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USGA rule change: Is this the end for belly putters in golf?

The Royal & Ancient Golf Club and the U.S. Golf Association said the proposed rule would make it illegal for pro golfers to "anchor" the club to their bodies while making a stroke. The new rule would not take effect until 2016.

Adam Scott from Australia hits the ball with his long putter anchored to his chest during the HSBC Champions golf tournament in Dongguan,China earlier this month. If the new golf rule is adopted, Scott will have to adjust his stroke or change his putter.

(AP Photo/Kin Cheung)

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Golf's governing bodies, worried that players will turn to long putters as an advantage instead of a last resort, proposed a new rule banning the putting stroke used by three of the last five major champions.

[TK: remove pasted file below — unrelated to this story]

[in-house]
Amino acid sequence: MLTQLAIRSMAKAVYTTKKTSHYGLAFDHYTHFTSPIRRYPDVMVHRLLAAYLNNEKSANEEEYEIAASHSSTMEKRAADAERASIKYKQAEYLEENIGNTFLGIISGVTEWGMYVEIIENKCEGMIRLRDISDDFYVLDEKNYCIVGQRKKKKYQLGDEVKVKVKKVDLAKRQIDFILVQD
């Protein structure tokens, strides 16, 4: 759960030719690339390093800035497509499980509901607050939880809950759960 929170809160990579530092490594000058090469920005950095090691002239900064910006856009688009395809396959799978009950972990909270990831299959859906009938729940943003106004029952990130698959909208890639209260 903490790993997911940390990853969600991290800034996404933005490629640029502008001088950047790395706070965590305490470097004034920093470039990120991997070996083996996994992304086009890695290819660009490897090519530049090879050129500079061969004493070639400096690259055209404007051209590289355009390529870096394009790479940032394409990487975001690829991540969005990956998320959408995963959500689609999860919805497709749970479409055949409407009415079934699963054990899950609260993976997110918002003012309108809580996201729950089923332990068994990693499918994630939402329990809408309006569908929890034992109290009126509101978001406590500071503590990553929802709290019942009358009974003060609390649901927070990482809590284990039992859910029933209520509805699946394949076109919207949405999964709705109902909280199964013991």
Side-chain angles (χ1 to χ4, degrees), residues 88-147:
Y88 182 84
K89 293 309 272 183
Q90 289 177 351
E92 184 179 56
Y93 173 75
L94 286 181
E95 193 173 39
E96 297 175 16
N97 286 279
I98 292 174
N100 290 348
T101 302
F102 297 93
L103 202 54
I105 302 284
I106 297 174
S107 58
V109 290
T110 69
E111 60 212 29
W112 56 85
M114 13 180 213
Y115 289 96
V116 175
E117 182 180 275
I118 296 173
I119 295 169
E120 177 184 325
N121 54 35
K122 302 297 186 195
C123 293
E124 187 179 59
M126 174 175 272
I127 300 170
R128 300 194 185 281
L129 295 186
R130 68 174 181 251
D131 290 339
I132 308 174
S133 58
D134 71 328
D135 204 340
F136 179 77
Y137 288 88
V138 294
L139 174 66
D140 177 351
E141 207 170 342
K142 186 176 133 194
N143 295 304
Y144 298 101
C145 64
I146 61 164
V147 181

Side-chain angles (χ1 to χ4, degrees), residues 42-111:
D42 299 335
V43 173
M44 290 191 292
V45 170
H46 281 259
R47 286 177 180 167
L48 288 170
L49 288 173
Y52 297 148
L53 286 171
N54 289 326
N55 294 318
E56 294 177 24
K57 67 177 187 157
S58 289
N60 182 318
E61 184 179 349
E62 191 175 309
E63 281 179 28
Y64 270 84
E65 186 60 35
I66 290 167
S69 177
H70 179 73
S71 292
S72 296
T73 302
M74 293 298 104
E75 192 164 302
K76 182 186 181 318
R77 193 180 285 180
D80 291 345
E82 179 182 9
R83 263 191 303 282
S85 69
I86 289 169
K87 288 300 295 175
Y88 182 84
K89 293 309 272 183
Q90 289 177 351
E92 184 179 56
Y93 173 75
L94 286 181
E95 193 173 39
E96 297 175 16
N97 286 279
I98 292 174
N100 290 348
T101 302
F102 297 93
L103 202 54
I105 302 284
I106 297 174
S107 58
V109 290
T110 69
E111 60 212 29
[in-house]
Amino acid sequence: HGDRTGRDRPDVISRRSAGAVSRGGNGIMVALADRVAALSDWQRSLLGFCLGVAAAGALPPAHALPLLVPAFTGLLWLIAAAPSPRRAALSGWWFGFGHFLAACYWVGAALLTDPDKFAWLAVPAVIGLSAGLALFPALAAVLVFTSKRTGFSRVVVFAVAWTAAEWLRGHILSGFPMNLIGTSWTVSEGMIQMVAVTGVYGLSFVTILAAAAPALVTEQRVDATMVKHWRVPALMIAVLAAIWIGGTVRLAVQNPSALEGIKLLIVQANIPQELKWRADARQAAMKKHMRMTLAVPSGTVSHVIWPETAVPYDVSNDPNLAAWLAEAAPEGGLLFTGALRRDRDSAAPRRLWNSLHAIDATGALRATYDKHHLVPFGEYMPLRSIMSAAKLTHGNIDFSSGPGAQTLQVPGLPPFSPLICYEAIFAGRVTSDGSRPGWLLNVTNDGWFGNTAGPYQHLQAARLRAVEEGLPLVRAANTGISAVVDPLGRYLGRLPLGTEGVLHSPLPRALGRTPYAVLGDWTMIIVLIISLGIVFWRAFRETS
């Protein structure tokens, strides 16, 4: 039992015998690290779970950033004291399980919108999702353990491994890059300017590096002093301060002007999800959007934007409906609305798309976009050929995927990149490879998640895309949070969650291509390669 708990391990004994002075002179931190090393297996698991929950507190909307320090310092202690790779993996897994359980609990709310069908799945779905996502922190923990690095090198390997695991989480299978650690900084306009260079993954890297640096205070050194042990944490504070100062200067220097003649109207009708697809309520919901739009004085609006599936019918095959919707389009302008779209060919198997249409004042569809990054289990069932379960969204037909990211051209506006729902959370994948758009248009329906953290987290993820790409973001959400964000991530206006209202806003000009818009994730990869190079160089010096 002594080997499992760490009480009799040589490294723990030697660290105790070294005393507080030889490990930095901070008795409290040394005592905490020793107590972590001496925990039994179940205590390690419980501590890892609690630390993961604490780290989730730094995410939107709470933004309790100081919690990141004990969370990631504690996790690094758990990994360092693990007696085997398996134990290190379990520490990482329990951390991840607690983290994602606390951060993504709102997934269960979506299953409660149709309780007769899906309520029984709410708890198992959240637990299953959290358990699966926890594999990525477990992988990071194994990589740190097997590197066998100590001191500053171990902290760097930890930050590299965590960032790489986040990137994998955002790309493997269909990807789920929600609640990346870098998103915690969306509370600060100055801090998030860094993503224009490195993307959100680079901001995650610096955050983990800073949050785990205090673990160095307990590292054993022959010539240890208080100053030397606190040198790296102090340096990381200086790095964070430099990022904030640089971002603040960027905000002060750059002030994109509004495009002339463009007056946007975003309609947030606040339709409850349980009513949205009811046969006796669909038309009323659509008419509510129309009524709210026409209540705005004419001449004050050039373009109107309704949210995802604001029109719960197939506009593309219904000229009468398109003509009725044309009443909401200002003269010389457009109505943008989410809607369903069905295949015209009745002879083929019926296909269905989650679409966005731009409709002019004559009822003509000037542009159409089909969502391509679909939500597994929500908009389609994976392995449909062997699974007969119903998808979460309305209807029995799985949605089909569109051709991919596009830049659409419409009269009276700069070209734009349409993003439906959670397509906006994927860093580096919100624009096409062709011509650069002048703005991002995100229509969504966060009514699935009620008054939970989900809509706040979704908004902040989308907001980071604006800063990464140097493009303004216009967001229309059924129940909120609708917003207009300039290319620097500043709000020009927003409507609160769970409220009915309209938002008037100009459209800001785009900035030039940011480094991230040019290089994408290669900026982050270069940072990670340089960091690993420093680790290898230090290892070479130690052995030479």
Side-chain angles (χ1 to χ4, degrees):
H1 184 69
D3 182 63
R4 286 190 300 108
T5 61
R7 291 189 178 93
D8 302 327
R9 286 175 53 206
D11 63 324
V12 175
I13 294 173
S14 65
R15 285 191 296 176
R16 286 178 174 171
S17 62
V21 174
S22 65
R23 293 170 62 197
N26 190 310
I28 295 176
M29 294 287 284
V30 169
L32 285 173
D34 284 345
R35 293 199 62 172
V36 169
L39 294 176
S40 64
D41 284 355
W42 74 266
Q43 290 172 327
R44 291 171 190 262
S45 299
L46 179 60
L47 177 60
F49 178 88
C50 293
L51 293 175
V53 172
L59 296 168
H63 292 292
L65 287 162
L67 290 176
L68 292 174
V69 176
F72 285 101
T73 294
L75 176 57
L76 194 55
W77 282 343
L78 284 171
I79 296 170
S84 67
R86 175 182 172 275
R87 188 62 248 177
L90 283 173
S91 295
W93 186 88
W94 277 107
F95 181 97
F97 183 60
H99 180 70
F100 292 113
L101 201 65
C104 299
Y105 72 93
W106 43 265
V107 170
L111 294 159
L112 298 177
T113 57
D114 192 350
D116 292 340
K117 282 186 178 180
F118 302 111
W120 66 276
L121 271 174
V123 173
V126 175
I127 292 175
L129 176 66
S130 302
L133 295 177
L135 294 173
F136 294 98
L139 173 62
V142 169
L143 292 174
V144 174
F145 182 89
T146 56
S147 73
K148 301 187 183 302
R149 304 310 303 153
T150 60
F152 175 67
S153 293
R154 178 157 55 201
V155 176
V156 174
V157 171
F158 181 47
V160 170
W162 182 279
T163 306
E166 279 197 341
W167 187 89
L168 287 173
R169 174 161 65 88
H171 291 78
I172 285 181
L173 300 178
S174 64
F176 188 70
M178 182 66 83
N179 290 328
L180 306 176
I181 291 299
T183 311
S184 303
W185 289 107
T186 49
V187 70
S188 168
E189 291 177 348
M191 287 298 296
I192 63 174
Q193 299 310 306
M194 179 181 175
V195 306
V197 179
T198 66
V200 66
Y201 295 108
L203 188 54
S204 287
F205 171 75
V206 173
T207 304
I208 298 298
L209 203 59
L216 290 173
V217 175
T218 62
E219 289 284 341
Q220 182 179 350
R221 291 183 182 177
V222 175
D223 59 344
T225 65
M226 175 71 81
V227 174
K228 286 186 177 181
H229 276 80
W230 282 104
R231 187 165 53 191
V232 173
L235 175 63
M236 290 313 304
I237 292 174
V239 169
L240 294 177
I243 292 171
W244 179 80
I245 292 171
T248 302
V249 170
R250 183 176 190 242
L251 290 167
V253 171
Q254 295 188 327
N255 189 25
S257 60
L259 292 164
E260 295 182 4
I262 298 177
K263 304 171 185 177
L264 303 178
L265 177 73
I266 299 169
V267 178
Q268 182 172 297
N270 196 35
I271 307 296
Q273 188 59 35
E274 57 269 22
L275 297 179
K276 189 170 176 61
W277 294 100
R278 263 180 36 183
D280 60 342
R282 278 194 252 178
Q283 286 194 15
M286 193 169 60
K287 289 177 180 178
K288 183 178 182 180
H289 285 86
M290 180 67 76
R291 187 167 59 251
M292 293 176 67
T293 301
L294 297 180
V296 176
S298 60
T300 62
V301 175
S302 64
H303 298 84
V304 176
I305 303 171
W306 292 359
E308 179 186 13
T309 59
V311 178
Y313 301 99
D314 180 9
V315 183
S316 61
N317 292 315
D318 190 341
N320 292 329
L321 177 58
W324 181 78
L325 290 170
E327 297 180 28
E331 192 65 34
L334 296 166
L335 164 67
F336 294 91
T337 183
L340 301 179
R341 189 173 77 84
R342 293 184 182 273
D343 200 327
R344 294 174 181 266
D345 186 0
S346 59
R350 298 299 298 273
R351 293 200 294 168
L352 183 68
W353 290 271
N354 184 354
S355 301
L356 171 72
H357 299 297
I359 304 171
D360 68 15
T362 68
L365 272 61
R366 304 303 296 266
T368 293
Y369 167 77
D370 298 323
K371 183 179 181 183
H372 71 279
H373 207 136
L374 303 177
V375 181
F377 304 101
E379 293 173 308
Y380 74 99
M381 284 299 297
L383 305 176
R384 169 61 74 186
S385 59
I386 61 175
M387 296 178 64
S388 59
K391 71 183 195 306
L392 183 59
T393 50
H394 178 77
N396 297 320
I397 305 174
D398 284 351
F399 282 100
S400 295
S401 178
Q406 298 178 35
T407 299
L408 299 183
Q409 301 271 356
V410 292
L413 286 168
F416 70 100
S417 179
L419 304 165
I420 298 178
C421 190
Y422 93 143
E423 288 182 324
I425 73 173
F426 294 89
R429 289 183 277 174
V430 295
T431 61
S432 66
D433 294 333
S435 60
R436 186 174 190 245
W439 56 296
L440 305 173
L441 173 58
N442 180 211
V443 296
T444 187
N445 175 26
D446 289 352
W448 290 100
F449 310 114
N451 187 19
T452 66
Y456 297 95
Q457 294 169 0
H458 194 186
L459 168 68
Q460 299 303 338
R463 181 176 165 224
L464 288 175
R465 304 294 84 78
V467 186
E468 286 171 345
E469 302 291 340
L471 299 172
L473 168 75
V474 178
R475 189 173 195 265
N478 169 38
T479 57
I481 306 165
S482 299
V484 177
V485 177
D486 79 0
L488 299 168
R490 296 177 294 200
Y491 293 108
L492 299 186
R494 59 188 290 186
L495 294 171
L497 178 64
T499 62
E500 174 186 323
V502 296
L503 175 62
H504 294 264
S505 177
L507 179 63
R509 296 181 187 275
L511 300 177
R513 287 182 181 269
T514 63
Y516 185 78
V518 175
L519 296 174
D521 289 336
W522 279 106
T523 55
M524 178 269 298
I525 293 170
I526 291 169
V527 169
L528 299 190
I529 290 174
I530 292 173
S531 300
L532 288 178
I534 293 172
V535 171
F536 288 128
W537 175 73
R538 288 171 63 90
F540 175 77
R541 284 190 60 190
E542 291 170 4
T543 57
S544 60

The Royal & Ancient Golf Club and the U.S. Golf Association said on Wednesday the rule would not outlaw belly putter or broom-handle putters, only the way they are currently used. The proposed rule would make it illegal for golfers to anchor the club while making a stroke and not take effect until 2016.

"More players are using it, and instructors are saying this is a more efficient way to putt because you don't have to control the whole stroke," USGA executive director Mike Davis said. "The game has been around for 600 years. Fundamentally, we don't think this is the right way to go."

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Orville Moody won the 1989 U.S. Senior Open using a long putter that he held against his chest, allowing for a pendulum motion. Paul Azinger won the 2000 Sony Open with a putter that he pressed into his belly. Long putters began receiving serious attention last year when Keegan Bradley became the first player to win a major with a belly putter at the U.S. PGA Championship. This year, Webb Simpson won the U.S. Open and Ernie Els the British Open using belly putters.


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